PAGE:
• Small errors like misspellings and broken links hurt a site's credibility more than most people imagine.
          • Research support
            • acm99, chi99, chi00, chi01a, chi01b, ptl02, cww02, unp
      perfect polish
    • Questions & Discussion on Part 2
      • Part 1
        • “ Introduction to Web Credibility”
      • Part 2
        • “ 10 Guidelines for Designing Credible Websites”
      • Part 3
        • “ Insights from Web Credibility Research”
      • Part 4
        • “ A Deeper Understanding of Web Credibility”
       
    • Overview of Module
      • Part 1
        • “ Introduction to Web Credibility”
      • Part 2
        • “ 10 Guidelines for Designing Credible Websites”
      • Part 3
        • “ Insights from Web Credibility Research”
      • Part 4
        • “ A Deeper Understanding of Web Credibility”
    • Insights from Web Credibility Research
      • Guidelines are useful but they . . .
        • are simplistic.
        • don’t apply in all cases.
        • stop people from gaining a deeper understanding.
      • The research behind the guidelines:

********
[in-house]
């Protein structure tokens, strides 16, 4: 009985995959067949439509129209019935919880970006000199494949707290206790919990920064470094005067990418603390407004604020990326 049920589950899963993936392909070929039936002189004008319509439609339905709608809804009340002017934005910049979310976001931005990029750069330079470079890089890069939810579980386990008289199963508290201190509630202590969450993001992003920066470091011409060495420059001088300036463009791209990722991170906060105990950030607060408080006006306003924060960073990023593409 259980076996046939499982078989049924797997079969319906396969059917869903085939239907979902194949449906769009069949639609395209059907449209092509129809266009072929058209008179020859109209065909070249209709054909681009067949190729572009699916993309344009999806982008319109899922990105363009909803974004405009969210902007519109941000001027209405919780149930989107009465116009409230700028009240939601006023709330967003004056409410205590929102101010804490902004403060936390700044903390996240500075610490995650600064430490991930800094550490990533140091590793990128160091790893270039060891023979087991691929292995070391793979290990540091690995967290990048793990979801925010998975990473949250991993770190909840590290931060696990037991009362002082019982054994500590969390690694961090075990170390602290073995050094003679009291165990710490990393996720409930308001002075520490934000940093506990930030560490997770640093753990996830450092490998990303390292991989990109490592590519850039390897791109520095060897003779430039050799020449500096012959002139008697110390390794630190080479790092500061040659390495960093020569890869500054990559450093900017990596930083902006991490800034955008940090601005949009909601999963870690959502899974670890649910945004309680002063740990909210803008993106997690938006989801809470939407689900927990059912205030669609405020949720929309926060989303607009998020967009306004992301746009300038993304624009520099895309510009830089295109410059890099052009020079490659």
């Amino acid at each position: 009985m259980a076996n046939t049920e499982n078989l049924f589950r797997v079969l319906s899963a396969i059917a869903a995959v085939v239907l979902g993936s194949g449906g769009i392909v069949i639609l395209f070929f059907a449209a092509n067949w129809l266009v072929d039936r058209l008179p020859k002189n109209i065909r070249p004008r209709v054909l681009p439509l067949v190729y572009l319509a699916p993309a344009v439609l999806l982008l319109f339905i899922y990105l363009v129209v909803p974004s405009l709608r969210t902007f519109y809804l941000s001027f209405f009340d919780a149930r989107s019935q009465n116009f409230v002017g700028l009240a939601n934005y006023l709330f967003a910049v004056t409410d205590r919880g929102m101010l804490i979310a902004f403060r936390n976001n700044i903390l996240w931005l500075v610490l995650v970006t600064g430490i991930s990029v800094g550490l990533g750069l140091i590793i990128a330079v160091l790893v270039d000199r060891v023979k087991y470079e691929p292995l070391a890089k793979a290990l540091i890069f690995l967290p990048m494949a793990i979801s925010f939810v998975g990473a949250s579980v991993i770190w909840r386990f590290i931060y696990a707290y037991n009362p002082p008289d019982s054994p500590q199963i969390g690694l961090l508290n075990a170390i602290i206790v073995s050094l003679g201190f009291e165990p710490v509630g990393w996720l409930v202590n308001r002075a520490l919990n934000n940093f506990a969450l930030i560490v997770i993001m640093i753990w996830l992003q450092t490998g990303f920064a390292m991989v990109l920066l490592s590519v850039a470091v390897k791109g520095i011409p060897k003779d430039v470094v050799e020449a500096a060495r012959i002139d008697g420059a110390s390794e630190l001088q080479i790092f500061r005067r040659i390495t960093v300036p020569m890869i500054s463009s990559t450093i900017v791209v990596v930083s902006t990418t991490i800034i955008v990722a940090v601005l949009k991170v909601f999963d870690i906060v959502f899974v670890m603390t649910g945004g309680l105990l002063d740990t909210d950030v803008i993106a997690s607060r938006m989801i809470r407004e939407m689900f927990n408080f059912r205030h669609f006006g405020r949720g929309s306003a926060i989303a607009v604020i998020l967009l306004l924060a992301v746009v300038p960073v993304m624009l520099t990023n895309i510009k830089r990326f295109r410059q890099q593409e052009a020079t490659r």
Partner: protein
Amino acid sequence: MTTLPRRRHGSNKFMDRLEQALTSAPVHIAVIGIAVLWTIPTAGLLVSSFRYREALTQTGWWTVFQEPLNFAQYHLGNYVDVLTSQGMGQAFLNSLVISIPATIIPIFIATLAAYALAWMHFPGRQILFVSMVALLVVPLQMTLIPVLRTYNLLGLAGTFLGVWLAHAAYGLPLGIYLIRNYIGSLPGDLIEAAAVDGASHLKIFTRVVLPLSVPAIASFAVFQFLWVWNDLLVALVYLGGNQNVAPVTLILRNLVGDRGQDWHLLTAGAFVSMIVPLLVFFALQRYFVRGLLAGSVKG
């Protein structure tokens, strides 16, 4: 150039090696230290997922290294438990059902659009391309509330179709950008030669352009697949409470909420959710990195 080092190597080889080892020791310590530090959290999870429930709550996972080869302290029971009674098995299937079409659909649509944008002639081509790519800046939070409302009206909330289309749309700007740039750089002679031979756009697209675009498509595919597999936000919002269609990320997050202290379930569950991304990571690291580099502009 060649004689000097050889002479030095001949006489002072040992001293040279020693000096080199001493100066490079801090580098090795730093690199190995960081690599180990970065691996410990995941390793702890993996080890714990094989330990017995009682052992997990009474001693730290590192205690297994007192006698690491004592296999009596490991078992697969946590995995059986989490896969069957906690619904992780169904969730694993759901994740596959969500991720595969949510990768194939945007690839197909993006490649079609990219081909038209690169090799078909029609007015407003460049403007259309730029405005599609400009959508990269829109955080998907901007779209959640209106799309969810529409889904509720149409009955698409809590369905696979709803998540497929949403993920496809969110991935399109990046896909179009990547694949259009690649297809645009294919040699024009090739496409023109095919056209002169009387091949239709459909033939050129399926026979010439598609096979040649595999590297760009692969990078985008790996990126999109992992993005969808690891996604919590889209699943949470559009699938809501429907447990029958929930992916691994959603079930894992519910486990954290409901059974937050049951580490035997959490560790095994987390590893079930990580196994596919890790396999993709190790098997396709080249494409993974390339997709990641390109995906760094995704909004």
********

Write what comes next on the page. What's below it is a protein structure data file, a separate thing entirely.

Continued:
• Stanford Web Credibility Surveys – 1999, 2002
        • Stanford MostCredible Studies – 2002, 2003
        • Note: There are other studies not covered here.
          • e.g., impact of photos, titles, typos, ads, specialty content
    • Stanford Web Credibility Surveys
      • Overview of studies
        • Study conducted two times: 1999 and 2002
        • People evaluated the credibility impact of different website elements.
            • e.g., contact phone number, pop-up ad, etc.
        • Over 3,000 people participated from U.S. & Europe.
    • More about the Surveys
      • Online survey assessing ~50 items
      • Responses represent “pure interpretation”
        • As opposed to contextualized interpretation (more on this in the next section)